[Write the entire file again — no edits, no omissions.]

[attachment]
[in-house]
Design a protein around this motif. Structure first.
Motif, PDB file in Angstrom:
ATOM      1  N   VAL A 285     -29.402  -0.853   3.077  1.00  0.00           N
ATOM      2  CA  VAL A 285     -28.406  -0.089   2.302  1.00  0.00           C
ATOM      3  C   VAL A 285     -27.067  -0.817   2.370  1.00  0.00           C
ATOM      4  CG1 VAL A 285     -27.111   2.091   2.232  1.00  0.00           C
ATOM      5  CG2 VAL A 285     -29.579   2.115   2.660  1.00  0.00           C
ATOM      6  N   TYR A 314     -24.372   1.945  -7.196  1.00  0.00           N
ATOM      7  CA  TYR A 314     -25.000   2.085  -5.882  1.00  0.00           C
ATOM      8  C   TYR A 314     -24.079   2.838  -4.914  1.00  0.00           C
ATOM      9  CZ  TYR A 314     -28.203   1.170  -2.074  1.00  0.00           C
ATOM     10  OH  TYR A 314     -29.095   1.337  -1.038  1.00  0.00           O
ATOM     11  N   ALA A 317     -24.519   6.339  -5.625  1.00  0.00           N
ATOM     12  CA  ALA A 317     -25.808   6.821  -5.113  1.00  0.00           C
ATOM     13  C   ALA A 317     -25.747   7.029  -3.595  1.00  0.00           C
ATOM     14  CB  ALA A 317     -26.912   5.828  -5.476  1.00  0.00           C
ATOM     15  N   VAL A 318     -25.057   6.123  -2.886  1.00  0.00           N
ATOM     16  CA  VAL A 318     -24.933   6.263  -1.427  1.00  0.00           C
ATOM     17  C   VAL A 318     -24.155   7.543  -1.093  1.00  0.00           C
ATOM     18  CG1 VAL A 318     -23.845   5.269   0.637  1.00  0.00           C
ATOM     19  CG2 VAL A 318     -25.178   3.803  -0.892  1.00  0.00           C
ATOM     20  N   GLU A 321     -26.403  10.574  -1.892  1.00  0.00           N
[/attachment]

[in-house]
Design a protein around this motif. Structure first.
Motif, PDB file in Angstrom:
ATOM      1  N   VAL A 285     -29.402  -0.853   3.077  1.00  0.00           N
ATOM      2  CA  VAL A 285     -28.406  -0.089   2.302  1.00  0.00           C
ATOM      3  C   VAL A 285     -27.067  -0.817   2.370  1.00  0.00           C
ATOM      4  CG1 VAL A 285     -27.111   2.091   2.232  1.00  0.00           C
ATOM      5  CG2 VAL A 285     -29.579   2.115   2.660  1.00  0.00           C
ATOM      6  N   TYR A 314     -24.372   1.945  -7.196  1.00  0.00           N
ATOM      7  CA  TYR A 314     -25.000   2.085  -5.882  1.00  0.00           C
ATOM      8  C   TYR A 314     -24.079   2.838  -4.914  1.00  0.00           C
ATOM      9  CZ  TYR A 314     -28.203   1.170  -2.074  1.00  0.00           C
ATOM     10  OH  TYR A 314     -29.095   1.337  -1.038  1.00  0.00           O
ATOM     11  N   ALA A 317     -24.519   6.339  -5.625  1.00  0.00           N
ATOM     12  CA  ALA A 317     -25.808   6.821  -5.113  1.00  0.00           C
ATOM     13  C   ALA A 317     -25.747   7.029  -3.595  1.00  0.00           C
ATOM     14  CB  ALA A 317     -26.912   5.828  -5.476  1.00  0.00           C
ATOM     15  N   VAL A 318     -25.057   6.123  -2.886  1.00  0.00           N
ATOM     16  CA  VAL A 318     -24.933   6.263  -1.427  1.00  0.00           C
ATOM     17  C   VAL A 318     -24.155   7.543  -1.093  1.00  0.00           C
ATOM     18  CG1 VAL A 318     -23.845   5.269   0.637  1.00  0.00           C
ATOM     19  CG2 VAL A 318     -25.178   3.803  -0.892  1.00  0.00           C
ATOM     20  N   GLU A 321     -26.403  10.574  -1.892  1.00  0.00           N